Preparedness Theory Classical Conditioning

Preparedness Theory Classical Conditioning-18
One possibility is that associative learning drives this transition [5,6].

One possibility is that associative learning drives this transition [5,6].In an acute pain episode, the simultaneous occurrence of nociceptive and non-nociceptive signaling presents a scenario that is apt to classical conditioning, a form of associative learning that occurs through the repeated presentation of a biologically evocative stimulus (unconditioned stimulus [US], e.g., a nociceptive stimulus) with an initially neutral stimulus (conditioned stimulus [CS], e.g., a tactile stimulus).We hypothesized that pairing of one non-nociceptive somatosensory stimulus (CS ) with painful nociceptive heat (UShigh) and another (CS-) with nonpainful heat (USlow) would result in a lower pain threshold to subsequent trials of heat that were paired with the CS than to trials that were paired with the CS-.

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Associative learning has been proposed as a mechanism behind the persistence of pain after tissue healing.

The simultaneous occurrence of nociceptive and non-nociceptive input during acute injury mimics the pairings thought to drive classical conditioning effects.

An extensive body of scientific literature supports the idea that nociception is not always necessary for pain (see [9] for an accessible review).

Additionally, classical conditioning is known to be a dominant mechanism behind the maintenance of fear of pain [10] and increased muscular responses to nondangerous stimuli [11]—two phenomena that are commonly seen in people with chronic pain.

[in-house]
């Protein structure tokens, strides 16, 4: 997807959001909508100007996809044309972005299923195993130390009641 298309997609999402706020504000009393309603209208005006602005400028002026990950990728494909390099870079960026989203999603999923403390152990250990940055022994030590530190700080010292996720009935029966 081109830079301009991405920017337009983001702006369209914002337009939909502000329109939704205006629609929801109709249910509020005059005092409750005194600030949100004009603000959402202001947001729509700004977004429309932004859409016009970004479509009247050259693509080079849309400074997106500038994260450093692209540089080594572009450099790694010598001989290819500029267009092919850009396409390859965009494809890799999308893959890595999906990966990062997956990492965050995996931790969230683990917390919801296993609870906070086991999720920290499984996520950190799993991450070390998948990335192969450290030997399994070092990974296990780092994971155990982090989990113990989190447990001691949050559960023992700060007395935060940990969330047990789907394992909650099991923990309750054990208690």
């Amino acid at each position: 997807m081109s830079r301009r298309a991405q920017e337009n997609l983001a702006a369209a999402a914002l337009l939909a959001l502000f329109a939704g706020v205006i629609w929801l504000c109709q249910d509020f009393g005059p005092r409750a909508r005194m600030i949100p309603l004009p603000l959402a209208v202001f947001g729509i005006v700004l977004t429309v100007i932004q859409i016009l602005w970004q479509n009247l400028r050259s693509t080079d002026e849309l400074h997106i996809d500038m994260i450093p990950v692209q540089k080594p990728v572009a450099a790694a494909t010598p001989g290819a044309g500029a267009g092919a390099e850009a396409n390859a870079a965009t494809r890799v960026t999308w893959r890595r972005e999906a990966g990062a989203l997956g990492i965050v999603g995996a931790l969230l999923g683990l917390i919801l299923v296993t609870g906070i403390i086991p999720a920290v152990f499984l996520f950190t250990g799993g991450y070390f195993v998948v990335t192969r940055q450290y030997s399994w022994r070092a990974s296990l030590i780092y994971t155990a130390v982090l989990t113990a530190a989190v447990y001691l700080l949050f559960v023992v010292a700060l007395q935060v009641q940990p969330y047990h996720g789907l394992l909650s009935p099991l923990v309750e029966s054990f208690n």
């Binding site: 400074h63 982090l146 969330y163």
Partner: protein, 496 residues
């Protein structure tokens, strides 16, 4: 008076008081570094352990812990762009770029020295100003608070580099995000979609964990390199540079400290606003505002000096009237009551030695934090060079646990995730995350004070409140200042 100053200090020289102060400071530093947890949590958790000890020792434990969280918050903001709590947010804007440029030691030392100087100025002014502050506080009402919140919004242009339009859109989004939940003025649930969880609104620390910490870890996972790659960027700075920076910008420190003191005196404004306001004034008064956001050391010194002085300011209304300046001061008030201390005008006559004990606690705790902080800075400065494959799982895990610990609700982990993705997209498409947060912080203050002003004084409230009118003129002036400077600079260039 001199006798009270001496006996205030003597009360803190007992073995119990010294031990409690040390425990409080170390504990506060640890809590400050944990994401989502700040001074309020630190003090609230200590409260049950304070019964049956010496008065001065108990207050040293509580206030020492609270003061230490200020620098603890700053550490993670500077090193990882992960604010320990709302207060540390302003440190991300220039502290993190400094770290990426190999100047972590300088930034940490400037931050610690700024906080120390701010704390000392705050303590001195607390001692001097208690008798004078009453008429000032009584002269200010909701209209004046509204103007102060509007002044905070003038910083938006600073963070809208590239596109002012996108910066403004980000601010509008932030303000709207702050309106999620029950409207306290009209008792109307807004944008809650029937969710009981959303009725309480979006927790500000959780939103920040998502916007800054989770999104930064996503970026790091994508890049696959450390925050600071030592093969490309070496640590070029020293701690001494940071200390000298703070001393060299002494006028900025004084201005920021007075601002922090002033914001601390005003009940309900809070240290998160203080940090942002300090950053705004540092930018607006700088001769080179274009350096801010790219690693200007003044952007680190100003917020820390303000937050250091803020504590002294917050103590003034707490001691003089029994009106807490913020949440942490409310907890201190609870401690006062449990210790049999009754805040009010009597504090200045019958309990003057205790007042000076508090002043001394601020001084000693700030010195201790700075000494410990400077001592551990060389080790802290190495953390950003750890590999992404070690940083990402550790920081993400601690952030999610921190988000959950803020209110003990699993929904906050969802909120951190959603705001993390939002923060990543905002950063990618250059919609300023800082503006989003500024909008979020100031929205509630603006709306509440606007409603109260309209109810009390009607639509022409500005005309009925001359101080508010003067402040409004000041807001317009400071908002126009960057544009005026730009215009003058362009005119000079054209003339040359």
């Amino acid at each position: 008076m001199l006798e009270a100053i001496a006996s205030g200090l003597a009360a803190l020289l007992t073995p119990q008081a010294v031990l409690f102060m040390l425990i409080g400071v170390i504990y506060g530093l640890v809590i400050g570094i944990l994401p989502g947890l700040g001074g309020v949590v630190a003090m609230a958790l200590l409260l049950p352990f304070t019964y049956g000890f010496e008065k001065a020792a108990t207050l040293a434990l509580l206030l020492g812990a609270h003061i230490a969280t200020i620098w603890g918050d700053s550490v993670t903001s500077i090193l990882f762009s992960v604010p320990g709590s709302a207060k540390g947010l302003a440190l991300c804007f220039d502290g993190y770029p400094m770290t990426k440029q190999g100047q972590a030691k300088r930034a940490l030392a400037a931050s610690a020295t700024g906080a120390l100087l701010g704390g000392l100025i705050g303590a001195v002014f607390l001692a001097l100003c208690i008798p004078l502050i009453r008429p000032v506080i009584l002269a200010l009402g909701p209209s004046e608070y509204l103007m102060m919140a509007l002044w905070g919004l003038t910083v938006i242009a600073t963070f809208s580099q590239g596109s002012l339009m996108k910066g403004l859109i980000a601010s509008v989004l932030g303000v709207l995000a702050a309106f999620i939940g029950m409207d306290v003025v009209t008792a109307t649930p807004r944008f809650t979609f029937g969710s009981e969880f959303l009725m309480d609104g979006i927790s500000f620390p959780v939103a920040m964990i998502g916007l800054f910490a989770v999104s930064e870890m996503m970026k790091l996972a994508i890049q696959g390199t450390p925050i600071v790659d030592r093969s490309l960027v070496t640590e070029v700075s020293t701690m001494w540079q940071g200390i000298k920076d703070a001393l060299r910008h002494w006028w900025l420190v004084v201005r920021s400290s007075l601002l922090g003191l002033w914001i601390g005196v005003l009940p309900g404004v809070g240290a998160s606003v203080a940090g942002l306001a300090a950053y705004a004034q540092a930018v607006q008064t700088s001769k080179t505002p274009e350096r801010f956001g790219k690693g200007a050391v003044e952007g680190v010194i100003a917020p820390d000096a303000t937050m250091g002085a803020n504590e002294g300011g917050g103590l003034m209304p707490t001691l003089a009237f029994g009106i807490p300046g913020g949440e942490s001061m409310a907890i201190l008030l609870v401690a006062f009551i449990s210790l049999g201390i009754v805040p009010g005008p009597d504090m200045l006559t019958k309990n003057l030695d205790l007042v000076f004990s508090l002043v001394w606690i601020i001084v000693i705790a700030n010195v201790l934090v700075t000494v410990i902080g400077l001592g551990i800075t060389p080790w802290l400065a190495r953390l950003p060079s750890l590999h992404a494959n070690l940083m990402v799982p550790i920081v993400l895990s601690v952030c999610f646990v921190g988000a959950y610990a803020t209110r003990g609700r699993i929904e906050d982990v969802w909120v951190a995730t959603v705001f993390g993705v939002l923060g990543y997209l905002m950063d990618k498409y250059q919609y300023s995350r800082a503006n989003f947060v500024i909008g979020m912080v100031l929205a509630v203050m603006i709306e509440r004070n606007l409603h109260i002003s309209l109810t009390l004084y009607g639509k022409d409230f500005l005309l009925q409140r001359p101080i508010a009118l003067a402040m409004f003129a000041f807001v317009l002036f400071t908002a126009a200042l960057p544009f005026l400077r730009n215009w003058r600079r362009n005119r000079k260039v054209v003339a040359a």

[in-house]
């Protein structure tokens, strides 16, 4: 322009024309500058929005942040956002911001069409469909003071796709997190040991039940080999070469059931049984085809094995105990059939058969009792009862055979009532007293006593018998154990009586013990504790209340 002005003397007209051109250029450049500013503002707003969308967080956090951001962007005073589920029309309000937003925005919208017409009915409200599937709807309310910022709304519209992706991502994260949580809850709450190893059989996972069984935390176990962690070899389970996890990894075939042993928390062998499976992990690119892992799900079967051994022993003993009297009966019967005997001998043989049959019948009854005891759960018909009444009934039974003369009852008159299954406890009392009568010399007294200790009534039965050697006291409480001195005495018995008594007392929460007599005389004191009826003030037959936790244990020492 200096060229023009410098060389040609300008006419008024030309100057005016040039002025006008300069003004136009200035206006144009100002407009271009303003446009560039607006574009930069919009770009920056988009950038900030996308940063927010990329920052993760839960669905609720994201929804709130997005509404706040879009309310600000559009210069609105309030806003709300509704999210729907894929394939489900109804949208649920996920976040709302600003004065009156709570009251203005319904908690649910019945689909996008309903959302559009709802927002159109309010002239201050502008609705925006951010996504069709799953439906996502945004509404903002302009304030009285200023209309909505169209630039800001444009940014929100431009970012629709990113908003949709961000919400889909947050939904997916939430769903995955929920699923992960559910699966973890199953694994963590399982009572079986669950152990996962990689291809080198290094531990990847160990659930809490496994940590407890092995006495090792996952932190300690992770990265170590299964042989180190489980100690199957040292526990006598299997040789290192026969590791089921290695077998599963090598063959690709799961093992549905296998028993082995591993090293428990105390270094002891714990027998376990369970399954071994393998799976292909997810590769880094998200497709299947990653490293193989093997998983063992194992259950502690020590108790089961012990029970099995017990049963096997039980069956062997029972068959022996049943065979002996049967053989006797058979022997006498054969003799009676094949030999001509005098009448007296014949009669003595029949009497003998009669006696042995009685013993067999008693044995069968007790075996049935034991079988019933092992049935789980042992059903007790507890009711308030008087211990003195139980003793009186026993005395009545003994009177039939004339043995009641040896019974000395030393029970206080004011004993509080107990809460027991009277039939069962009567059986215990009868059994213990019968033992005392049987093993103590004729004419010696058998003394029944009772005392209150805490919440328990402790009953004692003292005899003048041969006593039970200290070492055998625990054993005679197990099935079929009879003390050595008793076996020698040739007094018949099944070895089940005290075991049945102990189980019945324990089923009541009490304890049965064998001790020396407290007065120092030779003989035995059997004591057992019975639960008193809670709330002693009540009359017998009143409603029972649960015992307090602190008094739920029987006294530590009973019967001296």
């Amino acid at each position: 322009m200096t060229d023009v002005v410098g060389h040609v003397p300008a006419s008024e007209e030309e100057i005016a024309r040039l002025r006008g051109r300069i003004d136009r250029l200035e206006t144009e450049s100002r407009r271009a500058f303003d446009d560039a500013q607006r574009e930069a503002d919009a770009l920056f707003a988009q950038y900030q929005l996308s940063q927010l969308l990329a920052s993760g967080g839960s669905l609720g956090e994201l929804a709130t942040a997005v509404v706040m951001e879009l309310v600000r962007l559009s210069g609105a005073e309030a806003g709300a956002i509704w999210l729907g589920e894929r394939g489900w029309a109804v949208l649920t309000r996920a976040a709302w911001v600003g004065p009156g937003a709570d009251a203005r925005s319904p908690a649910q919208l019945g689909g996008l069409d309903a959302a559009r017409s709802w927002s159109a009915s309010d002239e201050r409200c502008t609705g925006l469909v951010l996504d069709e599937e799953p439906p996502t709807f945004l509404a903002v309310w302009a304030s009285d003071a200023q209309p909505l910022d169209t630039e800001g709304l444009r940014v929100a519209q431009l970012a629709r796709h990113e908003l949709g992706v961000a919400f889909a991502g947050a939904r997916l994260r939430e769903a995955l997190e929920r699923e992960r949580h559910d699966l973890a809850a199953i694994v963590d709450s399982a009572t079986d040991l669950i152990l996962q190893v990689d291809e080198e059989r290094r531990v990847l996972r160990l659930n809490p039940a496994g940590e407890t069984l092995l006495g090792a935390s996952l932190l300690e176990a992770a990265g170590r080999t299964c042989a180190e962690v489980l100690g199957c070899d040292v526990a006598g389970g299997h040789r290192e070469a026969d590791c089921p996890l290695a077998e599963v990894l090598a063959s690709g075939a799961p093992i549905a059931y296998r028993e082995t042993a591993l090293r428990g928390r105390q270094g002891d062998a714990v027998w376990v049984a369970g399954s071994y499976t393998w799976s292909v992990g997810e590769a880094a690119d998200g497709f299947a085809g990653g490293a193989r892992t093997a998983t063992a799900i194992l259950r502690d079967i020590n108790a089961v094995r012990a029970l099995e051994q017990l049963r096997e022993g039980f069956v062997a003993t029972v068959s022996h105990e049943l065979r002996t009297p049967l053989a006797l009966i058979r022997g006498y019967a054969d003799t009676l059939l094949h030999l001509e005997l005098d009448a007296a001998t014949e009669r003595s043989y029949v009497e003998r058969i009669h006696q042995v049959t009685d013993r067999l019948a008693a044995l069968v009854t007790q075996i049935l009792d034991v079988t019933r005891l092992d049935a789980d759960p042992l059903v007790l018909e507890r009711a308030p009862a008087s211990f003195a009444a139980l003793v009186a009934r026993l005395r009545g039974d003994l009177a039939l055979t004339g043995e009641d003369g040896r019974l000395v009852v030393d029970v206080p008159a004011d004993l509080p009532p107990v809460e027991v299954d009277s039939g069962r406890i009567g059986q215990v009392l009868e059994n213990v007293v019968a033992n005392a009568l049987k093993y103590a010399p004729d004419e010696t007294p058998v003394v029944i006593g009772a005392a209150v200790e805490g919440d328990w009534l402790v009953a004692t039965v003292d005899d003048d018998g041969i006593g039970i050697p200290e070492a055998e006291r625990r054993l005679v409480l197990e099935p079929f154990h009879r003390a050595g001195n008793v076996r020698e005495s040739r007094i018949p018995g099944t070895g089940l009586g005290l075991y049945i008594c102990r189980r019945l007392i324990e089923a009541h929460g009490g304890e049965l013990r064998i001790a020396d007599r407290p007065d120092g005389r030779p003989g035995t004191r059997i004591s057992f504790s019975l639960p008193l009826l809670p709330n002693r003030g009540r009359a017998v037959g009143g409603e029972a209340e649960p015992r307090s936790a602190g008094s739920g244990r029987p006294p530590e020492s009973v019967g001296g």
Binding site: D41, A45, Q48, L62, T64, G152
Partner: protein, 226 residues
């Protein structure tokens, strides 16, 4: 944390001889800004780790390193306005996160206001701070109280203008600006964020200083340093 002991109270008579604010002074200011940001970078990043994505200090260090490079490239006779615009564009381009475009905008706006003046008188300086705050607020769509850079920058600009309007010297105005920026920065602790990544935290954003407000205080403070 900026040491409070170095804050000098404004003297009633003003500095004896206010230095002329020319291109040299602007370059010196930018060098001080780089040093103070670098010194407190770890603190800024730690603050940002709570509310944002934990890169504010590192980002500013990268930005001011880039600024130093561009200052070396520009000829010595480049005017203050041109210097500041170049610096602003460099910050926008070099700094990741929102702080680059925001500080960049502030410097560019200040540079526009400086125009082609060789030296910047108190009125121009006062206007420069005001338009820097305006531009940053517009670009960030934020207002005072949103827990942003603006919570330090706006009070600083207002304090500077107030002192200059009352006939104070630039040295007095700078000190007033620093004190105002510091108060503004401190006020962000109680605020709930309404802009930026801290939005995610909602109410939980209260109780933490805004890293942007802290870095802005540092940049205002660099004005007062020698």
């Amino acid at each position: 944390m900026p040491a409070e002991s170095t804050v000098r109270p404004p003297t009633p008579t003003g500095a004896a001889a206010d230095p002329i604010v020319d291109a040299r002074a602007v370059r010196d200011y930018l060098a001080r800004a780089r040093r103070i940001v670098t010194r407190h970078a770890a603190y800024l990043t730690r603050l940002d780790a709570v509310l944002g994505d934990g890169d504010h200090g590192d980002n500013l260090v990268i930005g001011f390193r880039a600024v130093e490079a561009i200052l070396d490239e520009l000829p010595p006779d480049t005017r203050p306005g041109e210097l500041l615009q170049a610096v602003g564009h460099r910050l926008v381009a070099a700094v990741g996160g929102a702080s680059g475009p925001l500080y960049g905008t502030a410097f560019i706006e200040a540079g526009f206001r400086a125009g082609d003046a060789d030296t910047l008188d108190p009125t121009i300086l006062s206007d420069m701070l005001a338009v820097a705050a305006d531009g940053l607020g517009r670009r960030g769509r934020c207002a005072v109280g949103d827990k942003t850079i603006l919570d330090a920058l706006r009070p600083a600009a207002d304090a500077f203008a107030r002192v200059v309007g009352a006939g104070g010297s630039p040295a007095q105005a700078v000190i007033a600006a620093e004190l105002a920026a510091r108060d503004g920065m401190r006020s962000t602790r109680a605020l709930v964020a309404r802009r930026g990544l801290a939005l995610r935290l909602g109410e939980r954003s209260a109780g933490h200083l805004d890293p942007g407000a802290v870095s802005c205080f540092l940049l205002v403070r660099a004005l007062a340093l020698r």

After this pairing has occurred, the initially neutral stimulus comes to carry informational value about the likelihood of the biologically evocative stimulus and can evoke a response even in the absence of such a US [7].

The idea that an association would be formed between tissue damage–driven nociception and other non-nociceptive input during the acute phase of an injury seems intuitive.

We also explored the influence of gender, depression, anxiety, negative affect, and pain catastrophizing on the main manipulation. Thirty-four healthy humans participated in a differential classical conditioning procedure that used vibrotactile stimulations at two different locations as CS.

In an acquisition phase, CS was paired with painful thermal stimulation, and CS- with nonpainful thermal stimulation.

A recent systematic review found that, although existing pain can be via classical conditioning [12]—in other words, that a normally nonpainful stimulus can be rendered painful (allodynia) by a classical conditioning effect.

In fact, despite the idea’s intuitive nature and widespread clinical endorsement, only one study reports to have elicited pain using classical conditioning [13].


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